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Genesis 2:18 states that God said “it is not good for man to be alone.” God created us in his image with a desire for relationships. We believe in order to grow together as daily disciples, togetherness is a key component.
27 Then the governor’s soldiers took Jesus into the Praetorium and gathered the whole company of soldiers around him. 28 They stripped him and put a scarlet robe on him, 29 and then twisted together a crown of thorns and set it on his head. They put a staff in his right hand. Then they knelt in front of him and mocked him. “Hail, king of the Jews!” they said. 30 They spit on him, and took the staff and struck him on the head again and again. 31 After they had mocked him, they took off the robe and put his own clothes on him. Then they led him away to crucify him.
15 Now it was the governor’s custom at the festival to release a prisoner chosen by the crowd. 16 At that time they had a well-known prisoner whose name was Jesus Barabbas. 17 So when the crowd had gathered, Pilate asked them, “Which one do you want me to release to you: Jesus Barabbas, or Jesus who is called the Messiah?” 18 For he knew it was out of self-interest that they had handed Jesus over to him.
19 While Pilate was sitting on the judge’s seat, his wife sent him this message: “Don’t have anything to do with that innocent man, for I have suffered a great deal today in a dream because of him.”
20 But the chief priests and the elders persuaded the crowd to ask for Barabbas and to have Jesus executed.
21 “Which of the two do you want me to release to you?” asked the governor.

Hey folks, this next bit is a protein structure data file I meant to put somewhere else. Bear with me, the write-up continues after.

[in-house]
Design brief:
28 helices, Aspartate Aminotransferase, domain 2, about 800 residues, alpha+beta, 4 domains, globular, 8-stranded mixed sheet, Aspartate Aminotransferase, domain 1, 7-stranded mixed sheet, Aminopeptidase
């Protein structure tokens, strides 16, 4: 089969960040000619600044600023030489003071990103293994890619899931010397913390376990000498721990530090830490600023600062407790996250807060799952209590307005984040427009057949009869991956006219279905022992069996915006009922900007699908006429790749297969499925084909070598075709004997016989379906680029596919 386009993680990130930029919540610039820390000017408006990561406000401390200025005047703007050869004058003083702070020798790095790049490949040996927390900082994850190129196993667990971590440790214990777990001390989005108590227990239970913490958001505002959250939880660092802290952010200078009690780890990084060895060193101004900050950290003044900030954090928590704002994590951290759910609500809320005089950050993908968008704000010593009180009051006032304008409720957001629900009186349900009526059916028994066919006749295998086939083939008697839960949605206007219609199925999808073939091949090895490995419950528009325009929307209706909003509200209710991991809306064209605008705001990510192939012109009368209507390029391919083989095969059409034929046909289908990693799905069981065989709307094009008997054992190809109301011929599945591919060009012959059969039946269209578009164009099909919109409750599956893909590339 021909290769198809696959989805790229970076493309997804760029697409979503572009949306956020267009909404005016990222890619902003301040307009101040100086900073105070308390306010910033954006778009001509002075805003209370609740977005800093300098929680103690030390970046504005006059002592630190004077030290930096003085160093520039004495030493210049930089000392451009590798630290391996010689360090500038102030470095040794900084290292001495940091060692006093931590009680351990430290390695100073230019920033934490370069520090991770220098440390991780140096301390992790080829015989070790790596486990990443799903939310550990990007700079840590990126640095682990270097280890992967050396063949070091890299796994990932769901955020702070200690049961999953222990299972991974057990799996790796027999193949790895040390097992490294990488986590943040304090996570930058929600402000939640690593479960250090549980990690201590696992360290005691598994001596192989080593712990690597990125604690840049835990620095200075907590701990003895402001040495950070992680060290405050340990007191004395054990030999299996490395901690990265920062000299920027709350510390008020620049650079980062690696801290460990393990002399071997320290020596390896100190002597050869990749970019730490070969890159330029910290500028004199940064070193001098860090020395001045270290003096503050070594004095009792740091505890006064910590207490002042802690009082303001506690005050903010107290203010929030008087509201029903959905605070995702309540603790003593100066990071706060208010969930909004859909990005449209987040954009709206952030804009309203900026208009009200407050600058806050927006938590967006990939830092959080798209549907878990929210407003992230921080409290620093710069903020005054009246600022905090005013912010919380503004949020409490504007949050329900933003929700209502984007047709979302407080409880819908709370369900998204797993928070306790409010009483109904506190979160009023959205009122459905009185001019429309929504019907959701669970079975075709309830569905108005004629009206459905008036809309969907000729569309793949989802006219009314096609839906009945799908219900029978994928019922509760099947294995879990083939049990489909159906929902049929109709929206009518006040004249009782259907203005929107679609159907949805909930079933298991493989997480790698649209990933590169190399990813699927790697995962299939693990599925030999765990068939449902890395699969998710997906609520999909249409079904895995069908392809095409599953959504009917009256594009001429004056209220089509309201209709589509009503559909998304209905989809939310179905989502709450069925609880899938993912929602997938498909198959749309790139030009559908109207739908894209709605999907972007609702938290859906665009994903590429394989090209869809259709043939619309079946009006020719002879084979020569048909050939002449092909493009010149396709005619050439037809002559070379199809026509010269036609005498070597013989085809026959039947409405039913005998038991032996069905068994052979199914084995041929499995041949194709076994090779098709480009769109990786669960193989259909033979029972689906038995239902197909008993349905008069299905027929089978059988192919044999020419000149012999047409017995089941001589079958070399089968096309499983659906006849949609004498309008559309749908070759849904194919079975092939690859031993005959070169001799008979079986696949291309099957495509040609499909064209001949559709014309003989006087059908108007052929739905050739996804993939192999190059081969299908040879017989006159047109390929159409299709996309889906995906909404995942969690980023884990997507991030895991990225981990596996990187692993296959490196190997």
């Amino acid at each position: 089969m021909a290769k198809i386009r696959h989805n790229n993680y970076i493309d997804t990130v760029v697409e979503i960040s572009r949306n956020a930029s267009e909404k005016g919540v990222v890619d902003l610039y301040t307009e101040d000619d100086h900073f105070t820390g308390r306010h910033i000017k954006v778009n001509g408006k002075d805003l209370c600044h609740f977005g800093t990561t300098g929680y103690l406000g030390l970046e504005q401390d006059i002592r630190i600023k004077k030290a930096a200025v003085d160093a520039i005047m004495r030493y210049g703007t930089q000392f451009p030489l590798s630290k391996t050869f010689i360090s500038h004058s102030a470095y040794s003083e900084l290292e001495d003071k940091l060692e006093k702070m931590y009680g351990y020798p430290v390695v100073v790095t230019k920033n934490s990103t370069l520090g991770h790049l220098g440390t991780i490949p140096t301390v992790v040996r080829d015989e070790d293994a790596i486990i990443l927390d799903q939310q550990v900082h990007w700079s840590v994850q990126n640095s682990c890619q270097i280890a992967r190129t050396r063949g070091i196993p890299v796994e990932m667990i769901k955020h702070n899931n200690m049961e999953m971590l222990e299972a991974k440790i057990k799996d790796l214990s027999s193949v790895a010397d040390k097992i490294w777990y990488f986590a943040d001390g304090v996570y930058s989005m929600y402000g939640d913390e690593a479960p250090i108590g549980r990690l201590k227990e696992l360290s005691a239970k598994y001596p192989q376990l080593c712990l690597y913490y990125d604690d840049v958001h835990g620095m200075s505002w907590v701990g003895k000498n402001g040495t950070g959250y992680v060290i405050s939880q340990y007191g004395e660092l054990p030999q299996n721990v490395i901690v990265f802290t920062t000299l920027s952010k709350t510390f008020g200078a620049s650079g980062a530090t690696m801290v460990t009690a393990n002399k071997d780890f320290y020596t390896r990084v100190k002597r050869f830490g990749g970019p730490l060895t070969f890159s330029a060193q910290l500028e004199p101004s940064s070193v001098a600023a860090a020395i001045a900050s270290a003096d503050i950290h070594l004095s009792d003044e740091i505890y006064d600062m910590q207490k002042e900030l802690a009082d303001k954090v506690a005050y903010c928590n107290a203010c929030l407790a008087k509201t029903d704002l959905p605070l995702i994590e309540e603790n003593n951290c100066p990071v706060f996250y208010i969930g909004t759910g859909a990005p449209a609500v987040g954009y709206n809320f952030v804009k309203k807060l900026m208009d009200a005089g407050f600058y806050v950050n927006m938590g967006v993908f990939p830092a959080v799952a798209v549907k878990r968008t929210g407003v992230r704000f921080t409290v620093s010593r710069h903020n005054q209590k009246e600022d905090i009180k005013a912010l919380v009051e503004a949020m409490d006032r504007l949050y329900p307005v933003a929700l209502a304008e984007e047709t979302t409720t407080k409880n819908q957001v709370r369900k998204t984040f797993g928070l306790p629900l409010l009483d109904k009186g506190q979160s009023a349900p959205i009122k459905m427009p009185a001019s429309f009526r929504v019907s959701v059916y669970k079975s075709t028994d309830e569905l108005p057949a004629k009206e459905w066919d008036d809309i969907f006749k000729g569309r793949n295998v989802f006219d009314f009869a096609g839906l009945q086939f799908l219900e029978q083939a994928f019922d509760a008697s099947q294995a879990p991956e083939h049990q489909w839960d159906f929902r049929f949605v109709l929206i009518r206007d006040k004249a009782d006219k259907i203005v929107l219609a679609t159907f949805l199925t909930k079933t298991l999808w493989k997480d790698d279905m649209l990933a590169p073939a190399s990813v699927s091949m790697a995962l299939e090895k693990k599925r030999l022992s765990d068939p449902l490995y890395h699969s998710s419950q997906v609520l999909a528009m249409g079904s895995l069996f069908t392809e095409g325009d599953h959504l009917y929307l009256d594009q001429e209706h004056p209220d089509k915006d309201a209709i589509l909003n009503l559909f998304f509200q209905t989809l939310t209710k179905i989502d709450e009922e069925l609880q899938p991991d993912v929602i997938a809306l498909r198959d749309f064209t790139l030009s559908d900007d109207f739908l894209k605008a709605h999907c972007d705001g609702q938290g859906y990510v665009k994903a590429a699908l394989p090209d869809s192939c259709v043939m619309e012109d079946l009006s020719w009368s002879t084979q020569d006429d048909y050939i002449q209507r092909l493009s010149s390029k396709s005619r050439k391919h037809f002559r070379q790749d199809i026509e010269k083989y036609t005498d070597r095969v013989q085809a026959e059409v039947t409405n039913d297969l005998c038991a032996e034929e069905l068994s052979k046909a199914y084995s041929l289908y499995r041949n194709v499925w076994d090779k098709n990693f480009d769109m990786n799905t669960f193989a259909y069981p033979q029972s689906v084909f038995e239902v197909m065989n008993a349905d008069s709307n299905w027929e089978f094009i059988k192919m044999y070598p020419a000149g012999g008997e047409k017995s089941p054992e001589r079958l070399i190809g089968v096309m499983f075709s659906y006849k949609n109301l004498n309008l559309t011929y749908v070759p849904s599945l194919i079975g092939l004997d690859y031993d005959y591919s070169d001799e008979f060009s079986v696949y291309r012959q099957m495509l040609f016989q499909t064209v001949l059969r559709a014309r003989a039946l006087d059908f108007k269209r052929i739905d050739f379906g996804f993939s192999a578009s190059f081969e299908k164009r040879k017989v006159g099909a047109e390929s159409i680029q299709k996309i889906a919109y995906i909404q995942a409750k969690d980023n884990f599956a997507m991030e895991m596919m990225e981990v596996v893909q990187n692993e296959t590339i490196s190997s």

“Barabbas,” they answered.
22 “What shall I do, then, with Jesus who is called the Messiah?” Pilate asked.
They all answered, “Crucify him!”
23 “Why? What crime has he committed?” asked Pilate.
But they shouted all the louder, “Crucify him!”
24 When Pilate saw that he was getting nowhere, but that instead an uproar was starting, he took water and washed his hands in front of the crowd. “I am innocent of this man’s blood,” he said. “It is your responsibility!”
25 All the people answered, “His blood is on us and on our children!”
26 Then he released Barabbas to them. But he had Jesus flogged, and handed him over to be crucified.
You know the end of a basketball game when the shot clock is turned off and the team with the ball is down by one? It’s now or never and whatever happens on this possession will determine the game. Everyone in the arena paid for a seat, but there is no need for it now.
We’re at a similar point in Scripture, Matthew 15-26. It’s intense! People are emotional! Lives are on the line! What’s going to happen!?!?
At the Feast, it was custom for the governor to release a prisoner chosen by the crowd. The governor’s name? Pontius Pilate. The people presented? Jesus and Barabbas (a notorious criminal). Let the vote begin.
The crowds called for Jesus to be executed. Pontius Pilate was in a predicament because he knew Jesus was innocent. Pilate was supposed to administer justice, but he was afraid of the crowd. He washed his hands over the situation. Essentially, by making no decision, he made the decision to let the crowds crucify Jesus.
When faced with a brutal choice, making no decision is still a decision.
As believers, there are times we find it easier to sit on the sidelines. It’s as if we think washing our hands of the situation also washes away our guilt. Wrong. Washing your hands of a tough situation doesn’t cancel your guilt, it only brings a false sense of peace.
Let’s not worry what the “crowds” of people in our lives think. Instead, let’s live boldly in the way we love others. Let’s choose Jesus, no matter the cost.
God give me the wisdom to know the right decision to make and the strength to follow through with it.
11 Meanwhile Jesus stood before the governor, and the governor asked him, “Are you the king of the Jews?”
“You have said so,” Jesus replied.
12 When he was accused by the chief priests and the elders, he gave no answer. 13 Then Pilate asked him, “Don’t you hear the testimony they are bringing against you?” 14 But Jesus made no reply, not even to a single charge—to the great amazement of the governor.